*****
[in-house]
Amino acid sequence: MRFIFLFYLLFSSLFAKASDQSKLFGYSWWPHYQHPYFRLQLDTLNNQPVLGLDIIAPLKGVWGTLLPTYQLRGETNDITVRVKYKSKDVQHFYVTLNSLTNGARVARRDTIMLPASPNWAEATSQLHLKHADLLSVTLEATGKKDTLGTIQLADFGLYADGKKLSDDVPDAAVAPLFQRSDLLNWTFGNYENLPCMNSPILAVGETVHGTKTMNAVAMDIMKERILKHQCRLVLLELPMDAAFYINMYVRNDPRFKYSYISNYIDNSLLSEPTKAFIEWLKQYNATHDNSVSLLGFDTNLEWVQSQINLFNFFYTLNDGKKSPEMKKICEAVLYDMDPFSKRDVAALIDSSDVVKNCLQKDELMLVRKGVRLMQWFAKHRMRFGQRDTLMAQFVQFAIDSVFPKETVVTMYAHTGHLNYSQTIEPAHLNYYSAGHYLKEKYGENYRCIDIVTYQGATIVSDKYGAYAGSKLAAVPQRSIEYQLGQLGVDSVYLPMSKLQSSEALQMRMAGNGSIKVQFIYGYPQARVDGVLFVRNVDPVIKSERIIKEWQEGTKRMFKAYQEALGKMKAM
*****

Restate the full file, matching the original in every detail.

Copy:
[in-house]
Amino acid sequence: MRFIFLFYLLFSSLFAKASDQSKLFGYSWWPHYQHPYFRLQLDTLNNQPVLGLDIIAPLKGVWGTLLPTYQLRGETNDITVRVKYKSKDVQHFYVTLNSLTNGARVARRDTIMLPASPNWAEATSQLHLKHADLLSVTLEATGKKDTLGTIQLADFGLYADGKKLSDDVPDAAVAPLFQRSDLLNWTFGNYENLPCMNSPILAVGETVHGTKTMNAVAMDIMKERILKHQCRLVLLELPMDAAFYINMYVRNDPRFKYSYISNYIDNSLLSEPTKAFIEWLKQYNATHDNSVSLLGFDTNLEWVQSQINLFNFFYTLNDGKKSPEMKKICEAVLYDMDPFSKRDVAALIDSSDVVKNCLQKDELMLVRKGVRLMQWFAKHRMRFGQRDTLMAQFVQFAIDSVFPKETVVTMYAHTGHLNYSQTIEPAHLNYYSAGHYLKEKYGENYRCIDIVTYQGATIVSDKYGAYAGSKLAAVPQRSIEYQLGQLGVDSVYLPMSKLQSSEALQMRMAGNGSIKVQFIYGYPQARVDGVLFVRNVDPVIKSERIIKEWQEGTKRMFKAYQEALGKMKAM